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Seems like I really shouldn't need to create a script for this. I'd like to do something cp /etc/*.conf $1.orig or cp /etc/{a.conf,b.conf} _firstarg_.orig Is there a quick and painless way of doing this?

2 Answers 2

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It's easy with a loop:

for f in /etc/*.conf; do cp -v -- "$f" "$f.orig"; done
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  • 1
    that'll work. For some reason I doesn't feel like bash would make us do a for loop as the simplest and quickest way, but whatever it works! Thanks a lot!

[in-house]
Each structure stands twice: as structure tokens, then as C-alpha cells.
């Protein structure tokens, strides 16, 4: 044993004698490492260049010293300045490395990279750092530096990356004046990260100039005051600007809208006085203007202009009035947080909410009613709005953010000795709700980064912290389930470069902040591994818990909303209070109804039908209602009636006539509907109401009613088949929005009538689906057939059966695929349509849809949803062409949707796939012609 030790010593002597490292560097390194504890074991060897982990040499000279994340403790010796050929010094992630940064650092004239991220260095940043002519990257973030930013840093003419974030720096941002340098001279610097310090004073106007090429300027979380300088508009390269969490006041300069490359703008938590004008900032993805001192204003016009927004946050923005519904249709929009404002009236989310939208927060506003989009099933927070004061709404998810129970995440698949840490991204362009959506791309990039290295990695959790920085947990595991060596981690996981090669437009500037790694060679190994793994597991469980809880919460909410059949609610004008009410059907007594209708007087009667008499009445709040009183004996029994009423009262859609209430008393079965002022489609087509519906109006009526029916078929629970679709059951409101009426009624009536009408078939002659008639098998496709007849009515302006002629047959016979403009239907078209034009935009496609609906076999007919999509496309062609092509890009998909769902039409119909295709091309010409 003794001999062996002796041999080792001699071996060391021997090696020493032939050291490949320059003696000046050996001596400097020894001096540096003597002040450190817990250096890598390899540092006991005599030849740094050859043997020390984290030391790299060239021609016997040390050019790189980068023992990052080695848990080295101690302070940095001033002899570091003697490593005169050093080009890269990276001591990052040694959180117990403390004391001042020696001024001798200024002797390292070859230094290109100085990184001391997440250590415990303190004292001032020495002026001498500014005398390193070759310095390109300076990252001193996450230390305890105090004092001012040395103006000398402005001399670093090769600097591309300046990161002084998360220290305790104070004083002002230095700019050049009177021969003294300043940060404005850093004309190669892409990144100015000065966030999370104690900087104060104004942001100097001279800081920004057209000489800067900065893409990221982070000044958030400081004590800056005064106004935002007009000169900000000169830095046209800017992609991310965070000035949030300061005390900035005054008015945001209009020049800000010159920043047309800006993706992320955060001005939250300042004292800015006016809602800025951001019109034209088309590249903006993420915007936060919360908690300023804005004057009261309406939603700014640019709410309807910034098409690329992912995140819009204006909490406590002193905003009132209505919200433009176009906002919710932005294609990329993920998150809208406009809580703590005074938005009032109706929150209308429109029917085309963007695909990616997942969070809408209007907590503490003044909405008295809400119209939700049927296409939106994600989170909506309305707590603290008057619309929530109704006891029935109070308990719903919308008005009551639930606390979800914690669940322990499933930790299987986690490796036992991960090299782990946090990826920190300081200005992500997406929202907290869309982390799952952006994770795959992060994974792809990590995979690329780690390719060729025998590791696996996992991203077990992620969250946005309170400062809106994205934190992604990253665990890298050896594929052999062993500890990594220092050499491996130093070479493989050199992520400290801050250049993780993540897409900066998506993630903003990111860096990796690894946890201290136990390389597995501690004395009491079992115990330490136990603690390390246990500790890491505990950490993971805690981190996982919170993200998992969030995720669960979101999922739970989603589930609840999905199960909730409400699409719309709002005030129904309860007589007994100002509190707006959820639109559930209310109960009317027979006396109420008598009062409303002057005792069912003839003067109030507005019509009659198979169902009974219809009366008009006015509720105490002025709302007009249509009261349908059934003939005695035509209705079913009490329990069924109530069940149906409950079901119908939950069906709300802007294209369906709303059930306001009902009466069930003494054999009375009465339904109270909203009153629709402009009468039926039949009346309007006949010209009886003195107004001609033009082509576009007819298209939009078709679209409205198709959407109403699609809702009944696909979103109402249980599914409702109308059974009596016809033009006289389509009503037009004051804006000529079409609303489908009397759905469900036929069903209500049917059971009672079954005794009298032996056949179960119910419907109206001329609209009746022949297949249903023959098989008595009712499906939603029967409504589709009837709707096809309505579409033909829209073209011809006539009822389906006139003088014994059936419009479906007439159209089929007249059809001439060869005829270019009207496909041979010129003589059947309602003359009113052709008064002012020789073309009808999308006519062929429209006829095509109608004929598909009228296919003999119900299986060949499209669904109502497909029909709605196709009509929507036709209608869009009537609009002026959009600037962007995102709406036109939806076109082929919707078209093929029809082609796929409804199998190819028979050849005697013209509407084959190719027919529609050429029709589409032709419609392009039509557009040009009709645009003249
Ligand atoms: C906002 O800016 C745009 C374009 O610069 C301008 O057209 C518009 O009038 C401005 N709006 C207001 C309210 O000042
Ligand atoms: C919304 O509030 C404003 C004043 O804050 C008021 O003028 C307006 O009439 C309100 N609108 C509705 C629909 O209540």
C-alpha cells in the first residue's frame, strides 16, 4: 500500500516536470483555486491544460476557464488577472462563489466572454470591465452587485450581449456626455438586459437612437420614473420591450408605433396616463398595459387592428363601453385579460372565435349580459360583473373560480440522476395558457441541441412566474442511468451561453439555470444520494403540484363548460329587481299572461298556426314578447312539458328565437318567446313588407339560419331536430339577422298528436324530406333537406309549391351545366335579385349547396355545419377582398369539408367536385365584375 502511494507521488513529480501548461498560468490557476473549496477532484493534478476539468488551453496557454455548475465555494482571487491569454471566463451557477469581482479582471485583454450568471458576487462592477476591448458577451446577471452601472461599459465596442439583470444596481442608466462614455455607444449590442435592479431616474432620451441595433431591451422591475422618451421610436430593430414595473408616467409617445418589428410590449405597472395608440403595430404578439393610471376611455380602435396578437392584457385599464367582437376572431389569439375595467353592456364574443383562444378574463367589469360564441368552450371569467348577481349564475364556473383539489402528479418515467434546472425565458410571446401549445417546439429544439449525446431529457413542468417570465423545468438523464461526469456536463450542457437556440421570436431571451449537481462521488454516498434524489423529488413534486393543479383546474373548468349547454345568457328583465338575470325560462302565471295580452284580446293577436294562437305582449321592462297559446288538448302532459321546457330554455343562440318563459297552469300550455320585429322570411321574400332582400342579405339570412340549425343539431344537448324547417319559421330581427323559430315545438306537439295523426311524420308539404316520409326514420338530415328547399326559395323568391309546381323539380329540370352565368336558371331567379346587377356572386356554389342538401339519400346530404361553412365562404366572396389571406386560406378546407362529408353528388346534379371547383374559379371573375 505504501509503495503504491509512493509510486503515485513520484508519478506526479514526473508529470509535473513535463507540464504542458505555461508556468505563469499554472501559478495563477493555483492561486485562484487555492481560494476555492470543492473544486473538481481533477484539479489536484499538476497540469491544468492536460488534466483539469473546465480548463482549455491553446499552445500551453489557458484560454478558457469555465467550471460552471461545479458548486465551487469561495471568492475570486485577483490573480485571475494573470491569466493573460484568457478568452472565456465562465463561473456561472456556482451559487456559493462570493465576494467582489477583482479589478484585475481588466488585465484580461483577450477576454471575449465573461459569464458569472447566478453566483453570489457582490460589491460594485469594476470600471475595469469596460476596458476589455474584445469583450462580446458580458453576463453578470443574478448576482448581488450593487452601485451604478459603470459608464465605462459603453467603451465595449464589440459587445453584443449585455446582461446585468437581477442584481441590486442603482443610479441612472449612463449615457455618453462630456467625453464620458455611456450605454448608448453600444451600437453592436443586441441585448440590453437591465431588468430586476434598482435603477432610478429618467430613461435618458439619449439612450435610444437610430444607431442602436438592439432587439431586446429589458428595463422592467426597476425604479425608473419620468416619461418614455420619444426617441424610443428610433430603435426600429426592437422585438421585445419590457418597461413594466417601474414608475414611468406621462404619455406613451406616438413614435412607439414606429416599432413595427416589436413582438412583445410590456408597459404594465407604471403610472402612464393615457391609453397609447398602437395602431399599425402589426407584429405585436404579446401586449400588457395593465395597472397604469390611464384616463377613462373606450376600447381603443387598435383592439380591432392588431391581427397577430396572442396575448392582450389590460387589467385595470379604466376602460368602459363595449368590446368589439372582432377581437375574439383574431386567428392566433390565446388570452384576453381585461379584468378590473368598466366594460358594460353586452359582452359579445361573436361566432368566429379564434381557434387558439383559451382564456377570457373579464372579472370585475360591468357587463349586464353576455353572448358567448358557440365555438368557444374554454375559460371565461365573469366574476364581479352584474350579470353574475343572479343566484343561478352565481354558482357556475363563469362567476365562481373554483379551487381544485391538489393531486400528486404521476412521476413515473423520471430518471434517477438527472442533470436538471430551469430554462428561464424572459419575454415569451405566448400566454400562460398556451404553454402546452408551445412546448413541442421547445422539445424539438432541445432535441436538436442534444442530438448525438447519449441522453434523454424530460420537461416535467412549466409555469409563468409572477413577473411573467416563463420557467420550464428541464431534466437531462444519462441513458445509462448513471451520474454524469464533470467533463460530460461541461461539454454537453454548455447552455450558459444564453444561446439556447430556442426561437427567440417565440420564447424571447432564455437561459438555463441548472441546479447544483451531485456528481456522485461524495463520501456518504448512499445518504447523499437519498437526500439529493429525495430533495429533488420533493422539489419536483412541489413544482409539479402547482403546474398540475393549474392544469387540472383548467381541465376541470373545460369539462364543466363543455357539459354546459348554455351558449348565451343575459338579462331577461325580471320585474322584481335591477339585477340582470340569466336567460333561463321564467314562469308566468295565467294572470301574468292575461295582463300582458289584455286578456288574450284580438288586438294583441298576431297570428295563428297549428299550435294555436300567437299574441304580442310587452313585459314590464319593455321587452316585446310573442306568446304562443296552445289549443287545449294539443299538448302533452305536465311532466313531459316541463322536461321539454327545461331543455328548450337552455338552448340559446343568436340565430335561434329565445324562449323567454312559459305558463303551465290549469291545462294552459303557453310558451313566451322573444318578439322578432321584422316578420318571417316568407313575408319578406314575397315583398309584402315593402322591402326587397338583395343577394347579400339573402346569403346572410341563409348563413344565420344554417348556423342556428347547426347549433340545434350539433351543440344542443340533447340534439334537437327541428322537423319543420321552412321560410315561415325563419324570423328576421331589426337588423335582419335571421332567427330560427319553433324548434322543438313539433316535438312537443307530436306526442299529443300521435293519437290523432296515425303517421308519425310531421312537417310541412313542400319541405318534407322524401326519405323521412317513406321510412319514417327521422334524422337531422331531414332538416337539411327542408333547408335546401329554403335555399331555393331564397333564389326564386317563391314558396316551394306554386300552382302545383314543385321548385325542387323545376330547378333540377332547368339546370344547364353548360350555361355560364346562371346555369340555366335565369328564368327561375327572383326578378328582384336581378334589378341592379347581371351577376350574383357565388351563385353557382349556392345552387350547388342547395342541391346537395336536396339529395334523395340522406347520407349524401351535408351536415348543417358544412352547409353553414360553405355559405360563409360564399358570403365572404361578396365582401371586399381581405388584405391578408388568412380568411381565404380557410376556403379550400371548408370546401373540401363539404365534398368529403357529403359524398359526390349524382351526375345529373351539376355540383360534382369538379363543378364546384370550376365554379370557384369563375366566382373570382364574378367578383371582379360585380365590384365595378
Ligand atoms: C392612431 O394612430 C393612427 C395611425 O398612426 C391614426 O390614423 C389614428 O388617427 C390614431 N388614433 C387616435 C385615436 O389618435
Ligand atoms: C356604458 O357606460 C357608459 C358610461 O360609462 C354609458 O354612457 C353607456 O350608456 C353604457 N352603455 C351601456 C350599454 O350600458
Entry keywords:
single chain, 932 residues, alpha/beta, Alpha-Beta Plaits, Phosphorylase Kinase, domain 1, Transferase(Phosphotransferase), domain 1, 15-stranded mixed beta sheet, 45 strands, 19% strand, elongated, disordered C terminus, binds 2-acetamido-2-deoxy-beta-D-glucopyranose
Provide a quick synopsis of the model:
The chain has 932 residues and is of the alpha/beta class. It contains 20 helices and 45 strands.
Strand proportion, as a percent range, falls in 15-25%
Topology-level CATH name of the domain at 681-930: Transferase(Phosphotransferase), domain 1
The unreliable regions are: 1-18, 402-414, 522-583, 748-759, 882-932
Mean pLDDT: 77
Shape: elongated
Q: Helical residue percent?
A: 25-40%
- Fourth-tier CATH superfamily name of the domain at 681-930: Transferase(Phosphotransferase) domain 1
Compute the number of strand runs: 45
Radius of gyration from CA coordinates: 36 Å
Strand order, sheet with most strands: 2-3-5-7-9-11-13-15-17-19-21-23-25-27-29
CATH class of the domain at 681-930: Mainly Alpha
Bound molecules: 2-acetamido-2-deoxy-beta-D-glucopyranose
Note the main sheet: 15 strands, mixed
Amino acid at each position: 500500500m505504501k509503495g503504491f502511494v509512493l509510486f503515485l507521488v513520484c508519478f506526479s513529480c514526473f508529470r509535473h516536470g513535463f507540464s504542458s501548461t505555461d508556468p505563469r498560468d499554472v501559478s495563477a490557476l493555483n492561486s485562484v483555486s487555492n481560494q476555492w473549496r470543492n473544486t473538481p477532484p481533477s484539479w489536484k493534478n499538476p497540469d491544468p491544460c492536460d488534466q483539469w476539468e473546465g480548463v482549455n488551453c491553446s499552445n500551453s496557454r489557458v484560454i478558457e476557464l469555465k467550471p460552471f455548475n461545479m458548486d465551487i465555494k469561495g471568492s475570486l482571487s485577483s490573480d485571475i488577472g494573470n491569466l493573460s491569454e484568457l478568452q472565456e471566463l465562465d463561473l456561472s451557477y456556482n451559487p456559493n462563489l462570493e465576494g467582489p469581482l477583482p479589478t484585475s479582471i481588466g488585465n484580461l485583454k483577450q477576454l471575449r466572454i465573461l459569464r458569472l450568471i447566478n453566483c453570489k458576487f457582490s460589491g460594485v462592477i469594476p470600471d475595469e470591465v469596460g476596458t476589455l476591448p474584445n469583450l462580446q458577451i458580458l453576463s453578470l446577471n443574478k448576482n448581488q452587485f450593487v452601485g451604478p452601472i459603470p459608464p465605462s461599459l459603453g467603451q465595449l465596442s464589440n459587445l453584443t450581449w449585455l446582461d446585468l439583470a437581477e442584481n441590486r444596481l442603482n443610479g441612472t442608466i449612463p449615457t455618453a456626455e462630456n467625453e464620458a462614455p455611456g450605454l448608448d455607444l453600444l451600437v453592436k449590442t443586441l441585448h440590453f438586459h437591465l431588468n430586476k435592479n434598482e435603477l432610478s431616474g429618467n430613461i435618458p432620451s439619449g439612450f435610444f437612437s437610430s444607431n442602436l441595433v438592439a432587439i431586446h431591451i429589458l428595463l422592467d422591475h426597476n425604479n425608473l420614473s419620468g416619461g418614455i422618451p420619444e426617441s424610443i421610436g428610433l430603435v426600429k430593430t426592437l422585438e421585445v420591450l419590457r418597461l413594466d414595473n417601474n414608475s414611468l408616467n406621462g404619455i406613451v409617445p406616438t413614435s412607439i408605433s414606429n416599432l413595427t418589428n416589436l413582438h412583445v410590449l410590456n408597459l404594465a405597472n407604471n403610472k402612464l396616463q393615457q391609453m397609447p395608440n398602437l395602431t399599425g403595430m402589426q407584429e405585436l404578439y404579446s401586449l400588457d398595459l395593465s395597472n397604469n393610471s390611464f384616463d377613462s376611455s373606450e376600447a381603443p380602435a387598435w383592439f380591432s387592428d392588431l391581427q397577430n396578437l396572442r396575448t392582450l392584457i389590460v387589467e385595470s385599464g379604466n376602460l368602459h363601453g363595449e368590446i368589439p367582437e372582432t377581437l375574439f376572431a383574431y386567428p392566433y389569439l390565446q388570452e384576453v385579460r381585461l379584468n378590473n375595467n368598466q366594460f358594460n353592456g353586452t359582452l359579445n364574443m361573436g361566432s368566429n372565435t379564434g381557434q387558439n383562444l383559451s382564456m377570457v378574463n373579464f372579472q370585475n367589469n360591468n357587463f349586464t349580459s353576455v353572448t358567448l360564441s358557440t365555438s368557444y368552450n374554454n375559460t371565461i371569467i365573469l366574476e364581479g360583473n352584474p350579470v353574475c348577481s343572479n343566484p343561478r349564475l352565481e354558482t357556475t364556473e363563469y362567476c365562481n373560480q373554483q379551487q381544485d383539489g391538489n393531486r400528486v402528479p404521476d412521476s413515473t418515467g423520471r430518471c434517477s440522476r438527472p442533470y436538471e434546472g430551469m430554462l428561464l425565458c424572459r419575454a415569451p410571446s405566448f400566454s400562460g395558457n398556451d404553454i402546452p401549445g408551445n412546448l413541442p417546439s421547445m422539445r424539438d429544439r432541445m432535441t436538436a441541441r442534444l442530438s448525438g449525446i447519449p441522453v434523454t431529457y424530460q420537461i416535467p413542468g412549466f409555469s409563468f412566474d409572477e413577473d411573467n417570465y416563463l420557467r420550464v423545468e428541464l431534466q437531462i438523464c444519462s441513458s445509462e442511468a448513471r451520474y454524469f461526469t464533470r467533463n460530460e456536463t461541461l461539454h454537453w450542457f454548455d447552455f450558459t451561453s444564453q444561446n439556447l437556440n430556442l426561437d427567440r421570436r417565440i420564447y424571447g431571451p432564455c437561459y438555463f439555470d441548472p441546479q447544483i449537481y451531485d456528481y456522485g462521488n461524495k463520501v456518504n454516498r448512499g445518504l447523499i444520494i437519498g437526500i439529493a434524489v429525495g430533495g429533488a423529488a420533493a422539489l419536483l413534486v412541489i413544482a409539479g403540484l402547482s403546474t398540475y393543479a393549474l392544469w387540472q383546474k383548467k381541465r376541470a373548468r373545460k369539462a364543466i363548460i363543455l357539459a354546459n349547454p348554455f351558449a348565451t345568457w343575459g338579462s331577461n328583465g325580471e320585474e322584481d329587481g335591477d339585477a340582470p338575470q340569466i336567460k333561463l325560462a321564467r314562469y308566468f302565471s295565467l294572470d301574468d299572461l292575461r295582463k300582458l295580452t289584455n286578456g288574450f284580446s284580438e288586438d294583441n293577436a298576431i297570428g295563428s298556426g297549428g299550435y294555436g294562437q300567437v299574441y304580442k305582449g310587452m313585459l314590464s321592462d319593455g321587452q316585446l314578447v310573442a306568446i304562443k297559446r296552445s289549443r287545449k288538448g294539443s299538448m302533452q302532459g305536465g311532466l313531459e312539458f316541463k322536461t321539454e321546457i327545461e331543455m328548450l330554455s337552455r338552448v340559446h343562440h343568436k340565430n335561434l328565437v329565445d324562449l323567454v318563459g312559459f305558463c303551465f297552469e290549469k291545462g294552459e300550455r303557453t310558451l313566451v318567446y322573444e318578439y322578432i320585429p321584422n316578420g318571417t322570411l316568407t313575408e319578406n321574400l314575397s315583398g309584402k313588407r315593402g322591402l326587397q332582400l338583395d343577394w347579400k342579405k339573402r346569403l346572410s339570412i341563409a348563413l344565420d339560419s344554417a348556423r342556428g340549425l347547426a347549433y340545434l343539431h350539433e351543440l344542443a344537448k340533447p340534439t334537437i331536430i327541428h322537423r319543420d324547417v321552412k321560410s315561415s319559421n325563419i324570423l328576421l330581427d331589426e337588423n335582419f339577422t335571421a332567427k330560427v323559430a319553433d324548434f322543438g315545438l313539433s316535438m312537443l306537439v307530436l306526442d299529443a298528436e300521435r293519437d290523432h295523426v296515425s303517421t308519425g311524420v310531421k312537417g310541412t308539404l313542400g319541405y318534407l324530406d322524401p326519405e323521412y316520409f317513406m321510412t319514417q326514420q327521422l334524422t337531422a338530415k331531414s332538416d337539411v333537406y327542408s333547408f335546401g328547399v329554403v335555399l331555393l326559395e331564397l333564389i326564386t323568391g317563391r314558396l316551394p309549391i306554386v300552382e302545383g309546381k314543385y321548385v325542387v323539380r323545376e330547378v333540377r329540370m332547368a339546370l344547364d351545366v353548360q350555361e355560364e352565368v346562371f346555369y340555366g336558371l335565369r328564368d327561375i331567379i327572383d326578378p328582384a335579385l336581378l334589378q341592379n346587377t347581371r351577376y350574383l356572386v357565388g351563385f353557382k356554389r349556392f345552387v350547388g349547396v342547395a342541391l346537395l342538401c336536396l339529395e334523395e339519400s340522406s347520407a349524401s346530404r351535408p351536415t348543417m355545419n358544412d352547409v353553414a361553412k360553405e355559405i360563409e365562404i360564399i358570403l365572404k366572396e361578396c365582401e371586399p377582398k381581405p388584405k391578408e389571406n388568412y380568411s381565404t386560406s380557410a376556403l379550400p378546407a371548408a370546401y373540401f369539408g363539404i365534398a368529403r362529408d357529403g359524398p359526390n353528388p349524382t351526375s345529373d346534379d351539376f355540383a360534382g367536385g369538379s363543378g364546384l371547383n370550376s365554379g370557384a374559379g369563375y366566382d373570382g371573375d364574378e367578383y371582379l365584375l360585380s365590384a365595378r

– Jon Phenow
    Apr 8, 2011 at 15:20
  • To me it's easier this way : find . -name "*text*" -exec cp {} {}_addedtext \;
    – trogne
    Nov 30, 2016 at 16:32
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In any shell, you can use a loop:

for x in /etc/*.conf; do cp -i -- "$x" "$x.orig"; done

(Remove -i if you don't care about overwriting existing files.)

With zsh, you can use the provided function zcm (put the first three lines in your ~/.zshrc):

autoload zmv
alias zcp='zmv -C'
alias zln='zmv -L'
zcp '/etc/(*.conf)' '/etc/$1.orig'

(Add -f after zcp to overwrite any existing destination file.)

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